The ABCDs of Skin Self-Exams continued from page 11
In my practice, I also recommend that patients look for other signs of skin cancer, including moles that suddenly rise, easily bleed, or have white circles around them.
Most of the time, melanomas and
Skin Self-Exam From Head to Toe
other skin cancers can be easily
When performing a skin self-exam, look for any changes in existing moles, the appearance of new ones or anything that seems unusual. For the exam, you will need a bright light, a full-length mirror, a hand-held mirror, two chairs or stools, and a hair-dryer.
spotted with a monthly self-exam. If you spot any new, suspicious, or unusual growths on your skin, see changes in the size, color, or texture of old moles or skin growths, or have a cut or wound
Inspecting From Head to Toe
Examine your head and face.
that doesn’t seem to heal, contact a dermatologist or other healthcare professional. When it is
When performing a self-exam, remember to check every inch of your body – from the top of your head to the bottom of your toes. Suspicious moles can appear on any part of the body, not just areas that have been exposed to sunlight. The goal is to look for any changes in existing moles, the appearance of new ones, or anything that seems unusual. Start with your head and face. Inspect your scalp using a hairdryer to part your hair, then inspect the rest of your face, neck, ears, mouth, and lips. Even examine your eyes since melanoma can sometimes begin in the eye. Use a mirror to check hard-to-see spots, such as your back and shoulders.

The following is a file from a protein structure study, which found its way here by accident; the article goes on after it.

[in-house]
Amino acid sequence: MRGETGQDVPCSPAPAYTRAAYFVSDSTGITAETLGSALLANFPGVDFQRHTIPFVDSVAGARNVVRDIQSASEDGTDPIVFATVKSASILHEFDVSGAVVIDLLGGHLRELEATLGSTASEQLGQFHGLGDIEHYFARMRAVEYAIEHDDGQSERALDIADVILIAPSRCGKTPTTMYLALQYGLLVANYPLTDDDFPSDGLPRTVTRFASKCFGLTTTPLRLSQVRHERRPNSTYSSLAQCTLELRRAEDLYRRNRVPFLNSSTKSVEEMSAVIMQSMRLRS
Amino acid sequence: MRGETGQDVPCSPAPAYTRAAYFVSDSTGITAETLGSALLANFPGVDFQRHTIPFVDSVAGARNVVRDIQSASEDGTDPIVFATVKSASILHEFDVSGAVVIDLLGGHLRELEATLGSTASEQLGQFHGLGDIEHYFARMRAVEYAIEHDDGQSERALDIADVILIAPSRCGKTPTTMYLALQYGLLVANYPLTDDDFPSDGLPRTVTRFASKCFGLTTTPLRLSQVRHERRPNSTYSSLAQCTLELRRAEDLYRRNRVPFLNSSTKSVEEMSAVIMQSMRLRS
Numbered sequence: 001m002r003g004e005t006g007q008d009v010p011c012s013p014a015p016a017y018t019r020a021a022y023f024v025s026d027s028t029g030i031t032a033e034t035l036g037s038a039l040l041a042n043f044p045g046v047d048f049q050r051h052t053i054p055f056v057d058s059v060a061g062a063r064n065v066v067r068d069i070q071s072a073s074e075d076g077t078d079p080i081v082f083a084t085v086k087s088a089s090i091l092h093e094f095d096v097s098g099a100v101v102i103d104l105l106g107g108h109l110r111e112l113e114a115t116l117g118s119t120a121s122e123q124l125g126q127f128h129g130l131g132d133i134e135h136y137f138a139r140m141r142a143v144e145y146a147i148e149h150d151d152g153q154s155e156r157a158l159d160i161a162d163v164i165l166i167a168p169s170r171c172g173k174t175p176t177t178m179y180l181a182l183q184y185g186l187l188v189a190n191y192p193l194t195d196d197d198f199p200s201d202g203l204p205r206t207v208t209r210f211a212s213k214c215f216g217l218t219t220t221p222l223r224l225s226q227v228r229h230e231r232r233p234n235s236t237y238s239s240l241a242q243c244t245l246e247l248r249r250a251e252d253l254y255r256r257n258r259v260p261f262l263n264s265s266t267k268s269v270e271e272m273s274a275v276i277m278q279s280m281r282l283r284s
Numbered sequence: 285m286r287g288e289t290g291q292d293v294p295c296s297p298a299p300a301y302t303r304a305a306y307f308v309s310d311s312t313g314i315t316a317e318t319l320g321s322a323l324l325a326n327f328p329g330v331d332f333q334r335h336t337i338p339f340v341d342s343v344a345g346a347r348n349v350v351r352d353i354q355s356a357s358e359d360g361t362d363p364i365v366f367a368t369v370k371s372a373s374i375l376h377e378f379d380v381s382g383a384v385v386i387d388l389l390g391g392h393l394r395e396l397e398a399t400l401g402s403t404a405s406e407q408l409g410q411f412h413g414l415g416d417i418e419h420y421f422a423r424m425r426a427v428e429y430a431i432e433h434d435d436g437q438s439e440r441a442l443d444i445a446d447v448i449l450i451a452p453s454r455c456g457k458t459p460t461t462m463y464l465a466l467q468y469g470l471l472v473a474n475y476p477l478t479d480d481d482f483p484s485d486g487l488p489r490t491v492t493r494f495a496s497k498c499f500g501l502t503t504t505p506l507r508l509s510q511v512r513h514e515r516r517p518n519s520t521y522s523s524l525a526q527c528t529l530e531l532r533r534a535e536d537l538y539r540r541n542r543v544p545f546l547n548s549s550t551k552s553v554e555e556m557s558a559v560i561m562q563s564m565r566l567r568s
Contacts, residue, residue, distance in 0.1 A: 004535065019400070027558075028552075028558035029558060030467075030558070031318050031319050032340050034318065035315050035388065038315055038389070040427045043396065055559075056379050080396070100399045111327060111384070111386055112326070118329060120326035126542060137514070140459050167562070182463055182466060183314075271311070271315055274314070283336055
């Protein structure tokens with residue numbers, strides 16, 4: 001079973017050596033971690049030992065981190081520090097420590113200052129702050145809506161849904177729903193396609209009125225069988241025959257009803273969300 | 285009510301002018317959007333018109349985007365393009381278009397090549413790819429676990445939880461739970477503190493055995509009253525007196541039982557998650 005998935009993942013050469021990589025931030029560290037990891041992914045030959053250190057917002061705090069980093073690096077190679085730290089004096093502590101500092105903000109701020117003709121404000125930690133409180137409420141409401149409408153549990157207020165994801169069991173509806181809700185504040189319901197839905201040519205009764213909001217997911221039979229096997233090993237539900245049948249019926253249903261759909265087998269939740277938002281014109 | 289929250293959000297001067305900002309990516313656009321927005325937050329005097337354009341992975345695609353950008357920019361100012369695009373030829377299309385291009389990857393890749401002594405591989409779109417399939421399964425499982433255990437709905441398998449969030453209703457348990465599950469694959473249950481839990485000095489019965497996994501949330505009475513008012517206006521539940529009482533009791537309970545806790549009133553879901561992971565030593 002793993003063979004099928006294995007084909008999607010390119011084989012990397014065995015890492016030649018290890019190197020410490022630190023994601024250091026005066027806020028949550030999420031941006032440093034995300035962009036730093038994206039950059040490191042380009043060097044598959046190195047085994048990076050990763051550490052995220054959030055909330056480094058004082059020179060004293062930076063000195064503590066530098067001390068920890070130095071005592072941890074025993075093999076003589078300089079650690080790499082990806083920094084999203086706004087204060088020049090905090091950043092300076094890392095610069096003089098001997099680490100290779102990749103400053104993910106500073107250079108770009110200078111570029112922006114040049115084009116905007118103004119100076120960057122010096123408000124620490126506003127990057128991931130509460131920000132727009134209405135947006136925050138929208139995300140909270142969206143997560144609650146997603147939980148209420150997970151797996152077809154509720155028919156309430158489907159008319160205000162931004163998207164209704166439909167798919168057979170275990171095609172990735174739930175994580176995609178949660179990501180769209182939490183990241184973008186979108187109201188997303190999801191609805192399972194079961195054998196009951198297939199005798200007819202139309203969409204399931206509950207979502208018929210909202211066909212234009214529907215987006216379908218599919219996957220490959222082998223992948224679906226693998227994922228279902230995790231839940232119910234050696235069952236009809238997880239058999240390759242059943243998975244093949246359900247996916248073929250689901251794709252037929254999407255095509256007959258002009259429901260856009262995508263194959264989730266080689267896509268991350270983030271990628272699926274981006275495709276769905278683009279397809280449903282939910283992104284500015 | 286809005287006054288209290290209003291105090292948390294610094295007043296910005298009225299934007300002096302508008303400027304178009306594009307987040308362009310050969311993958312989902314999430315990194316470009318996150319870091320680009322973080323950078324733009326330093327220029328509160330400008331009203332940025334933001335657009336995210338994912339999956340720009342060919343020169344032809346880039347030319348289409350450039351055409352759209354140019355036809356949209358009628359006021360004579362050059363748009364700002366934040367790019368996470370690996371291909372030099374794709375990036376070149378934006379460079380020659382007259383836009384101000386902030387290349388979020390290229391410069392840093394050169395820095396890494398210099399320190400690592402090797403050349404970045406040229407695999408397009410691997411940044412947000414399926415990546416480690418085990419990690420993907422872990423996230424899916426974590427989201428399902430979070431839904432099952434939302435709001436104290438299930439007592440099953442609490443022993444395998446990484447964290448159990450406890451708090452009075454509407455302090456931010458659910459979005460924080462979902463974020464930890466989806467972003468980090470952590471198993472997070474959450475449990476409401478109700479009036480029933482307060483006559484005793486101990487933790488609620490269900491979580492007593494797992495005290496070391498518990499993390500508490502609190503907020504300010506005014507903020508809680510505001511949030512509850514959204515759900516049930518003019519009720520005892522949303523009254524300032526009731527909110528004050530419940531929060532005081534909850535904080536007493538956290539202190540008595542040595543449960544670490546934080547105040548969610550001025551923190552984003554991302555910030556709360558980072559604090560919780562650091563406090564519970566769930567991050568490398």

detected at an early stage, skin cancer can be treated effectively most of the time, and is usually curable. However, once the cancer spreads to other parts of the body, it is difficult to stop and can be deadly. Just as breast self-exams have helped women detect breast cancer early, when the chances for
Inspect your neck, chest, and stomach. Women also should check under their breasts.
survival are the greatest, skin selfexams can help many men and women catch skin cancer early before it becomes a serious concern. Both the National Cancer Institute and American Academy of Dermatology recommend that people perform skin self-exams every month. This, along with yearly skin checks by a dermatologist, is your best line of
Also examine spots that might not seem obvious, such as your underarms, fingernails, between the toes, the buttocks, the groin, and the soles of your feet. Women also should check under their breasts.
Check your hands, including fingernails, and your elbows, arms, and underarms.
defense for protecting your skin
With your back to the mirror, use the hand mirror to inspect the back of your neck, shoulders, upper arms, back, buttocks, and legs.
health and lowering your chances for developing a potentially lifethreatening cancer. ■ Sitting down, check your legs and feet, including your soles, as well as your genitals.
Illustrations by John Riddle